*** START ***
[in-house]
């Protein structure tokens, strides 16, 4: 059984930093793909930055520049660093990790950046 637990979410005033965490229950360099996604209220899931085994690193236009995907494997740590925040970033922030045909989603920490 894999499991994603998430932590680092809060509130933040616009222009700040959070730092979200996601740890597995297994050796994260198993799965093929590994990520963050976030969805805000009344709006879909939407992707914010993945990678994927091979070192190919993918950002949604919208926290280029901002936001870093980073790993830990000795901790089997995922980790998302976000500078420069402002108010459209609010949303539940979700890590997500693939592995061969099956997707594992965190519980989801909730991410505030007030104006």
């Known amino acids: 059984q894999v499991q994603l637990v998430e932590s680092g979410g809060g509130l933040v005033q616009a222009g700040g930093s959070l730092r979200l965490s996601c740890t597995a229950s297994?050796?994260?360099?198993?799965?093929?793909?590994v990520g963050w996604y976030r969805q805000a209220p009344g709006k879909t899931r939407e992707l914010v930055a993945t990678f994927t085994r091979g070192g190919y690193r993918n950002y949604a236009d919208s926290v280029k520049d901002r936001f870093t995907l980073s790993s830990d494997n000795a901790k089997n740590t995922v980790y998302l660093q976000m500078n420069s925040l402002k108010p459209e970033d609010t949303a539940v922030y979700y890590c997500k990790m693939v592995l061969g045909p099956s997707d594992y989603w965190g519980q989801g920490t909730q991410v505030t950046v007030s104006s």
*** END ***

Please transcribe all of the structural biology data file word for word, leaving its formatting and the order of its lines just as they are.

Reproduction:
[in-house]
């Protein structure tokens, strides 16, 4: 059984930093793909930055520049660093990790950046 637990979410005033965490229950360099996604209220899931085994690193236009995907494997740590925040970033922030045909989603920490 894999499991994603998430932590680092809060509130933040616009222009700040959070730092979200996601740890597995297994050796994260198993799965093929590994990520963050976030969805805000009344709006879909939407992707914010993945990678994927091979070192190919993918950002949604919208926290280029901002936001870093980073790993830990000795901790089997995922980790998302976000500078420069402002108010459209609010949303539940979700890590997500693939592995061969099956997707594992965190519980989801909730991410505030007030104006």
């Known amino acids: 059984q894999v499991q994603l637990v998430e932590s680092g979410g809060g509130l933040v005033q616009a222009g700040g930093s959070l730092r979200l965490s996601c740890t597995a229950s297994?050796?994260?360099?198993?799965?093929?793909?590994v990520g963050w996604y976030r969805q805000a209220p009344g709006k879909t899931r939407e992707l914010v930055a993945t990678f994927t085994r091979g070192g190919y690193r993918n950002y949604a236009d919208s926290v280029k520049d901002r936001f870093t995907l980073s790993s830990d494997n000795a901790k089997n740590t995922v980790y998302l660093q976000m500078n420069s925040l402002k108010p459209e970033d609010t949303a539940v922030y979700y890590c997500k990790m693939v592995l061969g045909p099956s997707d594992y989603w965190g519980q989801g920490t909730q991410v505030t950046v007030s104006s």